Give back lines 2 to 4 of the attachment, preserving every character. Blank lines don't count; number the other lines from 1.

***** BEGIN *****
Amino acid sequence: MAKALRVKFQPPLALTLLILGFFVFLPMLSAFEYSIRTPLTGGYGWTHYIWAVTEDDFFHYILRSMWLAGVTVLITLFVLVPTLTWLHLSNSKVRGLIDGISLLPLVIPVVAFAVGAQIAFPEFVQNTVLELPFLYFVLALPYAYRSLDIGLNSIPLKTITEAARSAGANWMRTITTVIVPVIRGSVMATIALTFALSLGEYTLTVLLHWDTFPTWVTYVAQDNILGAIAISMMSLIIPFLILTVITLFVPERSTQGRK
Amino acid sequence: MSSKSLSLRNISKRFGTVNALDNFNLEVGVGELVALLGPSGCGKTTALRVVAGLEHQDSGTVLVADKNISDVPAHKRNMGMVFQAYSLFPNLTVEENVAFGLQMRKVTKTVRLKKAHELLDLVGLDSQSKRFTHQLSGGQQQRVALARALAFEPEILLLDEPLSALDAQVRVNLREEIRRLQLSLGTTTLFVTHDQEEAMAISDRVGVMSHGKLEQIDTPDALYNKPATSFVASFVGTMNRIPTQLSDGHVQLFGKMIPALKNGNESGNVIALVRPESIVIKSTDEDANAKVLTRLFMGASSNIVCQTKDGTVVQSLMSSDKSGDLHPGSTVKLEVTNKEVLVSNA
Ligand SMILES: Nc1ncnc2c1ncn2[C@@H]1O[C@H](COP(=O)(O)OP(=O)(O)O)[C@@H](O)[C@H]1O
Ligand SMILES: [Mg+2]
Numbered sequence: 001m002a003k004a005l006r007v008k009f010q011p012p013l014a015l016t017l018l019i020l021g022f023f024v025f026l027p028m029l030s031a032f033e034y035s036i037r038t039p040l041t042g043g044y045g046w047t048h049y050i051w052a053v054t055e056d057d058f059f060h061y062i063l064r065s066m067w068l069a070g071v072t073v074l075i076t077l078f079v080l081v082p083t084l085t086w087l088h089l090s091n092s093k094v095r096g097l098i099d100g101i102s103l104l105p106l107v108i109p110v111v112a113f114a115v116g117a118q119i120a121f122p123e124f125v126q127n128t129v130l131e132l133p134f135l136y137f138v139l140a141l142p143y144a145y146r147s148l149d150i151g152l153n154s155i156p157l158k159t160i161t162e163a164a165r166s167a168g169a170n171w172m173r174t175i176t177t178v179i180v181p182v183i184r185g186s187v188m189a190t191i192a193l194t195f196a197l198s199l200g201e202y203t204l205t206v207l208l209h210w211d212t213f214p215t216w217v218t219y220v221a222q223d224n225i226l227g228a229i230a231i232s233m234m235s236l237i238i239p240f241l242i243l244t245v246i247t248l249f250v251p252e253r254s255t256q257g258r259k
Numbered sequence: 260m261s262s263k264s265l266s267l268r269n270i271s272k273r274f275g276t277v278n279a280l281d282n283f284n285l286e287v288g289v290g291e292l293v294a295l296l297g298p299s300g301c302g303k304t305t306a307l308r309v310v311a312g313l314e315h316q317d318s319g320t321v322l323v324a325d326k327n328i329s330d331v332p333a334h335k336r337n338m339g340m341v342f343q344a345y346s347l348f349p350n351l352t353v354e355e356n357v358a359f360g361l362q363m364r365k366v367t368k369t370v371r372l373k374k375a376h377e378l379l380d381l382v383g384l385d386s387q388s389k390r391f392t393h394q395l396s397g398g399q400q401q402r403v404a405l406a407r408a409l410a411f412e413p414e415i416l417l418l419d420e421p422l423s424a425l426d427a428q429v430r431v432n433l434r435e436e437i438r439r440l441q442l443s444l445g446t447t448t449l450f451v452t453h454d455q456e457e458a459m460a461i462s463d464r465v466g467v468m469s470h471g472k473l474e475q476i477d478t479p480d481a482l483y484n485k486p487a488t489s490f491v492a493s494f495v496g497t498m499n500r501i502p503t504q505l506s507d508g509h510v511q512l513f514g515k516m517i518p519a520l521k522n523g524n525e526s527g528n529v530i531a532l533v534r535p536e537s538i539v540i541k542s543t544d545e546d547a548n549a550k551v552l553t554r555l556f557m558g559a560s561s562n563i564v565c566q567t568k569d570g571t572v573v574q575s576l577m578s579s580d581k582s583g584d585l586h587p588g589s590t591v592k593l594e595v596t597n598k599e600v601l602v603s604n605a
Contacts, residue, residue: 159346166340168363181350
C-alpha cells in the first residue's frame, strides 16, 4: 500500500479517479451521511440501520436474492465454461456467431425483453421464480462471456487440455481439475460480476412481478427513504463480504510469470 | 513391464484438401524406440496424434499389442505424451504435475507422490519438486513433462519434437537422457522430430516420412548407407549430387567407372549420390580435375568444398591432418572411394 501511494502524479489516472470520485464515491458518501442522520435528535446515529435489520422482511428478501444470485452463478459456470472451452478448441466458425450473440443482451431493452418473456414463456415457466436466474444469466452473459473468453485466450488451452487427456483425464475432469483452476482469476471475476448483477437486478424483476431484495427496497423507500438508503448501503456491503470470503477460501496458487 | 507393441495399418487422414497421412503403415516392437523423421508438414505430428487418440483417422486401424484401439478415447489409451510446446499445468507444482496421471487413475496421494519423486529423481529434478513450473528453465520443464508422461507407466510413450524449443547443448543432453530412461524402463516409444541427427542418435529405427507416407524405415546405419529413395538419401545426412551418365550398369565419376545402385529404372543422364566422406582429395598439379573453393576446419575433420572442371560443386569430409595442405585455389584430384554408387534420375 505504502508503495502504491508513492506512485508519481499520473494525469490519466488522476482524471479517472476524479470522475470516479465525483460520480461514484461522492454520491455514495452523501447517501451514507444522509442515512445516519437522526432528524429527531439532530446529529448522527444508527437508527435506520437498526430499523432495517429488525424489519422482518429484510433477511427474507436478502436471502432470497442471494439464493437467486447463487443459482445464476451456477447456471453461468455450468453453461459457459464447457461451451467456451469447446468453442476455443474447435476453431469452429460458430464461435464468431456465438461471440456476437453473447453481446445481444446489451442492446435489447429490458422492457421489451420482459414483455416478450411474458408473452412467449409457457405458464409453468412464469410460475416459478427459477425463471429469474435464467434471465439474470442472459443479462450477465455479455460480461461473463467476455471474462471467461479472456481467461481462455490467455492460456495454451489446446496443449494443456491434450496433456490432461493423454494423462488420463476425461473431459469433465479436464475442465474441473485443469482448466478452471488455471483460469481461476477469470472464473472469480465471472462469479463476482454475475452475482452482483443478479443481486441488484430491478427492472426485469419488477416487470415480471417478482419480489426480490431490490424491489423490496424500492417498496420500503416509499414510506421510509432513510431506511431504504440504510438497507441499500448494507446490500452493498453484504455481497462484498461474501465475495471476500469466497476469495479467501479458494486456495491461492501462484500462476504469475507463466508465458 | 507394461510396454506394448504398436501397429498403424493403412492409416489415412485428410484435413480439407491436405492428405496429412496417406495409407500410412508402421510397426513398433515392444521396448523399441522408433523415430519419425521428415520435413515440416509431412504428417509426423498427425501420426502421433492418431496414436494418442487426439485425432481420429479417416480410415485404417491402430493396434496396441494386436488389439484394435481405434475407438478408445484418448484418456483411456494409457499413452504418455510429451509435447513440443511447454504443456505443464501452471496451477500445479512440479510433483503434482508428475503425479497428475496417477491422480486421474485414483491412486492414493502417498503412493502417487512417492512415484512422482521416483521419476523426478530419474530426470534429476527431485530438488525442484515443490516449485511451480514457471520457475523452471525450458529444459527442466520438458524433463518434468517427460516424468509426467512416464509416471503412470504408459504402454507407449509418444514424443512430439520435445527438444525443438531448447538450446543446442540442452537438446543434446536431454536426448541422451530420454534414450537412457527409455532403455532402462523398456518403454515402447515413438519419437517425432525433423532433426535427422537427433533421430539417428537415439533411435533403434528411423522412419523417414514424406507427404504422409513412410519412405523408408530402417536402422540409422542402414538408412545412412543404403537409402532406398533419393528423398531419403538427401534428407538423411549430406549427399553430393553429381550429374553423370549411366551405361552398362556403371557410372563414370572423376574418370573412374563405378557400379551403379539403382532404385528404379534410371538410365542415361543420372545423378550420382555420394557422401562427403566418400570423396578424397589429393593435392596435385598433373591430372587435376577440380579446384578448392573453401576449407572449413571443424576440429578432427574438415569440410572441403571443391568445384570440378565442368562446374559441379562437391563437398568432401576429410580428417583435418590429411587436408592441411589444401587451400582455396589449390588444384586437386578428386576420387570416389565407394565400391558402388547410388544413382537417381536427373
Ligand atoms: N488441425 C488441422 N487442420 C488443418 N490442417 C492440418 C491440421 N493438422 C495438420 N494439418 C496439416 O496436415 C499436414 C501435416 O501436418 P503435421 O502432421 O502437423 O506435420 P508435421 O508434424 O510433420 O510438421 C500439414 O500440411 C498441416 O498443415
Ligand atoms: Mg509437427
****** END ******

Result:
Amino acid sequence: MSSKSLSLRNISKRFGTVNALDNFNLEVGVGELVALLGPSGCGKTTALRVVAGLEHQDSGTVLVADKNISDVPAHKRNMGMVFQAYSLFPNLTVEENVAFGLQMRKVTKTVRLKKAHELLDLVGLDSQSKRFTHQLSGGQQQRVALARALAFEPEILLLDEPLSALDAQVRVNLREEIRRLQLSLGTTTLFVTHDQEEAMAISDRVGVMSHGKLEQIDTPDALYNKPATSFVASFVGTMNRIPTQLSDGHVQLFGKMIPALKNGNESGNVIALVRPESIVIKSTDEDANAKVLTRLFMGASSNIVCQTKDGTVVQSLMSSDKSGDLHPGSTVKLEVTNKEVLVSNA
Ligand SMILES: Nc1ncnc2c1ncn2[C@@H]1O[C@H](COP(=O)(O)OP(=O)(O)O)[C@@H](O)[C@H]1O
Ligand SMILES: [Mg+2]